Ultrafast energy transfer to liquid water by sub-picosecond high-intensity terahertz pulses: An ab initio molecular dynamics study

Liquid water is the most common environment for chemical and biological processes. Most of them occur as a consequence of thermal random fluctuations of the environment, which every once in a while create the conditions for a chemical reaction to occur. Therefore, bringing a large amount of energy to liquid water in a as short as possible time can open new avenues for the controlled exploration of thermally activated chemical reactions in liquids.

In this work we address the sub-picosecond response of liquid water to an intense and ultrashort THz pulse as those that can be generated at X-FELs and on state-of-the-art table top setups. The main questions that we try to answer are: how does energy get
transferred from the THz pulse to different vibrational modes of liquid water? How does the structure of water evolve as a function of time under the effect of the pulse?

We address these questions through ab-initio molecular dynamics simulations of liquid water interacting with a one-cycle THz pulse of intensity 10^10 W/cm2, 100 cm-1 (~3 THz) photon energy and a pulse duration of about 250 fs.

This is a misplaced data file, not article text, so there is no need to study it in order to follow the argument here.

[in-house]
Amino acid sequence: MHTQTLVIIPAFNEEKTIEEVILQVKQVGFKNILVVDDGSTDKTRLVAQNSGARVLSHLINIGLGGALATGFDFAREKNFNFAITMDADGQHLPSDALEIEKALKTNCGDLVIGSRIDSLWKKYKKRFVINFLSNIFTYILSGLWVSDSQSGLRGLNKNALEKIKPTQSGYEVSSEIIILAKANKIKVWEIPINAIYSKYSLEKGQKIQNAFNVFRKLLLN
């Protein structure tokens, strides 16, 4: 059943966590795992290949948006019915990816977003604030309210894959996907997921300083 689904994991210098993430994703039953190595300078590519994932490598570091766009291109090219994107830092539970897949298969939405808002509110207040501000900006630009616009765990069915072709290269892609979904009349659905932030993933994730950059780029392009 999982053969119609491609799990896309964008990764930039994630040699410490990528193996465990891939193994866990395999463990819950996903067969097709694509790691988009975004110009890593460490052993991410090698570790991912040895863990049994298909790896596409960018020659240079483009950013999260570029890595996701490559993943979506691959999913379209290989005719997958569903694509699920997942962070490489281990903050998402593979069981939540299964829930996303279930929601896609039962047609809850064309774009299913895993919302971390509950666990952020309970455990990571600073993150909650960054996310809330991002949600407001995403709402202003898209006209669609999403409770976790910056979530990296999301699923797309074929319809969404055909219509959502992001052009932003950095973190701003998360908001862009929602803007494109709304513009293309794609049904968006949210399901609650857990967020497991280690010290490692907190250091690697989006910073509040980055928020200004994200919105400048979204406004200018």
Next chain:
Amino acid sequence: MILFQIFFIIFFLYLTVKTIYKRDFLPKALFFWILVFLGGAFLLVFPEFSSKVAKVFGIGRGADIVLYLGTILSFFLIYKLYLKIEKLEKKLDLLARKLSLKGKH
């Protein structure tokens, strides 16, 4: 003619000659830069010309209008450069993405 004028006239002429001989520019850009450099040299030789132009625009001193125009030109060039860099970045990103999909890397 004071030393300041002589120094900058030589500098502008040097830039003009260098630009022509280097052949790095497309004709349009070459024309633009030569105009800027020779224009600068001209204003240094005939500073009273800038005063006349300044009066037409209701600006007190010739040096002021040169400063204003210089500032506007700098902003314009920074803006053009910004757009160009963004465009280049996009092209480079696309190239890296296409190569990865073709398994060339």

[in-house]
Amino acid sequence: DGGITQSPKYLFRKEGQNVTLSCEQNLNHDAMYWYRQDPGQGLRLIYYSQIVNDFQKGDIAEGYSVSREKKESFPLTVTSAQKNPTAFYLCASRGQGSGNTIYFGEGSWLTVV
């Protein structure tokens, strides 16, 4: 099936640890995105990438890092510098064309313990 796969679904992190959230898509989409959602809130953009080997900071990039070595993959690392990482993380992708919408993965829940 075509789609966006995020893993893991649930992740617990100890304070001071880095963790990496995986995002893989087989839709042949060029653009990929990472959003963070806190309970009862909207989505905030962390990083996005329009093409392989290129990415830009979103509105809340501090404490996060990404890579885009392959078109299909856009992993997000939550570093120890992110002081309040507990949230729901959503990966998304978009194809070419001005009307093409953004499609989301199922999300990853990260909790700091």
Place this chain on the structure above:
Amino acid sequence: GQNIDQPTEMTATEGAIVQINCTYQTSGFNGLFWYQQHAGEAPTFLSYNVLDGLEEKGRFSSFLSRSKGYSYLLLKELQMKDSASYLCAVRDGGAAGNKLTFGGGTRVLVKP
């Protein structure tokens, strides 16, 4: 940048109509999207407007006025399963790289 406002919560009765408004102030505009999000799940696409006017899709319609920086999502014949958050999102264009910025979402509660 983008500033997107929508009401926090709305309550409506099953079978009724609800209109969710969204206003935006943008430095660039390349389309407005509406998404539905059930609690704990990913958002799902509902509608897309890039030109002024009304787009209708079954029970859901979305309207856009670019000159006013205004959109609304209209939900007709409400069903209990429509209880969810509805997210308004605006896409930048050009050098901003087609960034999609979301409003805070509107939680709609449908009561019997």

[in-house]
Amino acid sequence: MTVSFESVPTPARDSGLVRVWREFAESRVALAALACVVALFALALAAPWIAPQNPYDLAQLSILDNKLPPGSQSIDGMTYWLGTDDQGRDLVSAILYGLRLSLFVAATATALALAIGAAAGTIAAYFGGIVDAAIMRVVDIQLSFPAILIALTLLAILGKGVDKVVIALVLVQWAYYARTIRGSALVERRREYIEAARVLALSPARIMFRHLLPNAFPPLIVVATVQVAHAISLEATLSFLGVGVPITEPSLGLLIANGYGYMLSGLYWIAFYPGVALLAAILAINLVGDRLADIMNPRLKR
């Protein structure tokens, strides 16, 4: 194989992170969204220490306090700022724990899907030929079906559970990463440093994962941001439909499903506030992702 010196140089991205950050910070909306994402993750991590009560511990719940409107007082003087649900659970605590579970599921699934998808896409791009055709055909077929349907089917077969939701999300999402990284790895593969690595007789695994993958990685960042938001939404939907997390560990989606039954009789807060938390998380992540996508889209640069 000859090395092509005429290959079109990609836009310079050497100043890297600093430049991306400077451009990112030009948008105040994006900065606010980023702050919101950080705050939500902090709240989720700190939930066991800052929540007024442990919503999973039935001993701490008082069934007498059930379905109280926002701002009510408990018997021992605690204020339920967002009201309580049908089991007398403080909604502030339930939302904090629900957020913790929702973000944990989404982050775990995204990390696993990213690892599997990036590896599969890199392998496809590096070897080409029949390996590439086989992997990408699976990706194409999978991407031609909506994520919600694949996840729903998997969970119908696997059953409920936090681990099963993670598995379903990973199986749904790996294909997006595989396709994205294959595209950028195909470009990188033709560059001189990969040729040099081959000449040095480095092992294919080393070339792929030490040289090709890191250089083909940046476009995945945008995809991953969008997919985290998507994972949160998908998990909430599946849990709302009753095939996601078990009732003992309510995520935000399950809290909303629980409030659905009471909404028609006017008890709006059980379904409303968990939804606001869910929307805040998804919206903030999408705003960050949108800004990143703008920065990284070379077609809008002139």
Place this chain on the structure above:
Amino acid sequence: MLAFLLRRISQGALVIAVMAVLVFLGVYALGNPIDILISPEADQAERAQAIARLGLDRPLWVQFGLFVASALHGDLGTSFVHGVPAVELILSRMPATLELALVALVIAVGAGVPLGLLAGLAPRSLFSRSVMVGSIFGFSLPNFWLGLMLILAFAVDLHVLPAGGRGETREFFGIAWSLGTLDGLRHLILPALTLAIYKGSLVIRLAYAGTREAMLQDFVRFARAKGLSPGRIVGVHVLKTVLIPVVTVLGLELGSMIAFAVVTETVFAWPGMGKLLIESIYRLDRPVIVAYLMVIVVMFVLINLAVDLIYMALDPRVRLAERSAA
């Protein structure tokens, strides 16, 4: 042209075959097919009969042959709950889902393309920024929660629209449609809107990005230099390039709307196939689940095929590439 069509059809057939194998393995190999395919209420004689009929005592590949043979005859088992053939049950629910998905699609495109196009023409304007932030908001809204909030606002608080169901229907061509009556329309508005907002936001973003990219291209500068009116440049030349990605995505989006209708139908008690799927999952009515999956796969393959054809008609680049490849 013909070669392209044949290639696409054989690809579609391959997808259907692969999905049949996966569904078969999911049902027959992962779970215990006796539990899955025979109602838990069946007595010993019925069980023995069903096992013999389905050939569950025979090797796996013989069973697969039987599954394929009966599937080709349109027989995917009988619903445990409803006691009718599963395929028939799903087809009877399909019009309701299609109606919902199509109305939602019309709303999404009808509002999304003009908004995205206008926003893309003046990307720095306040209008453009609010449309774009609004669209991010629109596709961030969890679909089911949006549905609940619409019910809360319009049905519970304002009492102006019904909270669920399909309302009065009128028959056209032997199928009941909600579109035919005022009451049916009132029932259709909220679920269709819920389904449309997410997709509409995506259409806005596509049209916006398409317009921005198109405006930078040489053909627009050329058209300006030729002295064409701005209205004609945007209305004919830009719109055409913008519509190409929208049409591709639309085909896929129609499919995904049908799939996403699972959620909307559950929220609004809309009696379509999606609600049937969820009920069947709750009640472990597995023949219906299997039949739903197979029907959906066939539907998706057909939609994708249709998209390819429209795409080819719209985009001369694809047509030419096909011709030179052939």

We find that after a very rapid disruption of the hydrogen bonding structure of the liquid, the water molecules start to violently move against each other. In a time-scale of about 500 fs, the temperature jump from 300 to about 900 K is completed and about 25
THz photons per water molecule have been absorbed. The energy flows from inter- to intra-molecular modes and a quasi-equilibrium state is reached within 1 ps. Dramatic structural changes can be seen in the modification of the O-O and O-H radial distribution
functions. A substantial modification of the time resolved X-ray diffraction (TR-XRD) pattern from double to single peaked during the THz pulse is a consequence of such ultrafast rearrangements (See Figure).

The properties as a matrix for chemical processes of the transiently hot and structureless phase of water at the density of the liquid will be the subject of future explorations.

Angew. Chem. Int. Ed. (2013)